But it also calls into contrast the city’s neglect of its equally legion—and visible—poor. Like the Syrian refugee who futilely presented his ID to passersby as a family of three trailed or the child beggars who pawed at our shirtsleeves, the visceral misfortune here stands out all the more because of the locale and its proximity to glimmering mosques and palaces. Or maybe it takes being a tourist to notice the human suffering that exists everywhere.

After all, I couldn’t say whether Istanbul’s homeless population is greater than in major American cities or simply more exposed. There seems to be one universal truth wherever you go: After a while, you stop noticing.

Here, we are among ancient things repurposed as tourist trappings.

An expansive square flecked with cafes and merchants bridges three of the city’s most alluring historical attractions—the Blue Mosque, Hagia Sophia and our first destination, Topkapi Palace.

There’s a lot to absorb, but I keep leering at the people with the selfie sticks. It’s the first time I’ve seen one of these contraptions in real life, and there are throngs of them. A middle-aged Japanese tourist has hers attached to a belt and seems consumed by her own image—an ouroboros in a sun hat and fanny pack.

Once past an enormous stone awning, snub-faced guards with machine guns stand like chess pawns near sacred relics—parchment scrolls loosely translated, snaggle-toothed keys the size of daggers and enough pointy weapons to arm a Game of Thrones LARPing club. These are ostensibly the swords of the Prophet Muhammad and his men, and the prophet claims the choicest steel of the bunch. His son Ali gets a big, rusty pig sticker that looks like it would be a beast to lift. Then again, a glass case displaying Ali’s wardrobe—a gigantic sackcloth Henley—makes it appear he was a beast of a man.

So does a golden cast of the prophet’s foot. It’s wide and long and seems to belong to someone pushing 8 feet in height. I nudge my dad. “Look,” I crack, “Muhammad had six toes.”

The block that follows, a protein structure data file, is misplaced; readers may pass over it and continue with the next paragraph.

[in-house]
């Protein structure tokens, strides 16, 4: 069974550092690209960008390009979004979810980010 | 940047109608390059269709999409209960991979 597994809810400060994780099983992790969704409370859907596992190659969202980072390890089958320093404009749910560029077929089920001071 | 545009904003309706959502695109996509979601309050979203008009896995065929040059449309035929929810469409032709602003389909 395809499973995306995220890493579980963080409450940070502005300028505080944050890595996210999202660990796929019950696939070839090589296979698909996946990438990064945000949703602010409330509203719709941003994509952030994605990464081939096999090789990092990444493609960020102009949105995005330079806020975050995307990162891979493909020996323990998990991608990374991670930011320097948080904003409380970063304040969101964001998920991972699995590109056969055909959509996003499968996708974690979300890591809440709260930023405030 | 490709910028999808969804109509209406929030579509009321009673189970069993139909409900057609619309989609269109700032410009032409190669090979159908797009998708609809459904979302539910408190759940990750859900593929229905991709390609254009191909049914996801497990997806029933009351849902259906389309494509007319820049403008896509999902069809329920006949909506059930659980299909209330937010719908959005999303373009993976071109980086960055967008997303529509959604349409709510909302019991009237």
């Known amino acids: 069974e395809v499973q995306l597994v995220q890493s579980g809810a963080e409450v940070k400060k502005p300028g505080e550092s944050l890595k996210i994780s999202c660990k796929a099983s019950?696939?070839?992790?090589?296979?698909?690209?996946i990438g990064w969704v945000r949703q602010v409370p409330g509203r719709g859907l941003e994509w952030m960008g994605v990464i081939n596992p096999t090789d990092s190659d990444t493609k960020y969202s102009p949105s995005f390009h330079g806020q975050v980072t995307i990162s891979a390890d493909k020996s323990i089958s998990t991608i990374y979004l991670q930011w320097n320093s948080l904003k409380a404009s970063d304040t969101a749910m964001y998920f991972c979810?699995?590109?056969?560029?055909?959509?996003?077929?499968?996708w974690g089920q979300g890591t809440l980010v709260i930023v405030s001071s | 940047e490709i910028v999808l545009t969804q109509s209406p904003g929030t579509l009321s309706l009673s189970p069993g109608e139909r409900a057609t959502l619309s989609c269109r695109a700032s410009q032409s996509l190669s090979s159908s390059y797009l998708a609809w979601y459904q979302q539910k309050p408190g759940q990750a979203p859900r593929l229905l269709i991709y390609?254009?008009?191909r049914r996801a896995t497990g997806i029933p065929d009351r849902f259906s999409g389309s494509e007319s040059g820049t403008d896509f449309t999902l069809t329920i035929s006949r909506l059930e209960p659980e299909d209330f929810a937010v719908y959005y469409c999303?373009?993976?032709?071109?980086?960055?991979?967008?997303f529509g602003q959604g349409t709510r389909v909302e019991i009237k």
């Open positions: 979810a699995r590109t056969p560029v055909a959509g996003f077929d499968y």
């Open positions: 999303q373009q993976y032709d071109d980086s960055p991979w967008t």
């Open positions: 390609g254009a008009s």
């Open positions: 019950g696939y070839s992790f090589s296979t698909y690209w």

After taking in the sights of the first location, we stop at an outdoor cafe and request beer. The server gives us a look that says, “Only tourists would request booze this close to a holy site.” He’s obviously not Catholic. We order Turkish coffee instead, a sludgy brew served in doll cups that sends a lightning bolt to the brain. It’s like the time I tried cocaine, except more palatable.

Our aunt Mahin shows us an old Turkish tradition by reading our fortunes in the streaks of the upturned cups. In mine, she glimpses the gaunt body of a goat, which bodes well for this Capricorn, she says.

As our group exits the cafe toward the line for the Blue Mosque, a sudden downpour batters us. Not being dressed for the schizophrenic weather, my brother and I race for cover, to our father’s chagrin. He and the rest of the family soldier on, but return a short time later with quizzical grins. They say the mosque was beautiful, but all those soggy tourists removing their footwear made the place reek of feet. The Year of the Goat is already paying dividends.

The rain has mostly lifted by the time we’re escorted to a street-side table in front of the Baran Restaurant Ottoman Kitchen, a couple of blocks from the historical sites. The host, a proud Kurd, asks me where I’m from. When I say “California,” he mistakes my geographic specificity for Bush-era nerves. “You are American,” he corrects. “Don’t be afraid.” He claims that reporters from The Washington Post’s local bureau are among his best customers. I wouldn’t doubt it.

We order food; the dish I get is like a shepherd’s pie encased in a fried and doughy potato crust. Inside is a steamy mélange of skewered lamb, green peppers, peas, carrots and a tangy sauce. It cooks my innards, and I chase it down with a chilled can of Turkey’s house beer, Efes.

After, as we walk to the tram that brought us here, the call to afternoon prayer begins. An old, enfeebled voice dins the air. It’s unpleasant at first, but then the pain enters me. It’s forlorn, genderless, beautiful.

On cue, thick pearls descend from the violet mantle above. Raindrops shotgun our shoulders as we run with desperate glee and a trio of schoolgirls sweeps us into the crowded train car with a storm of giggles.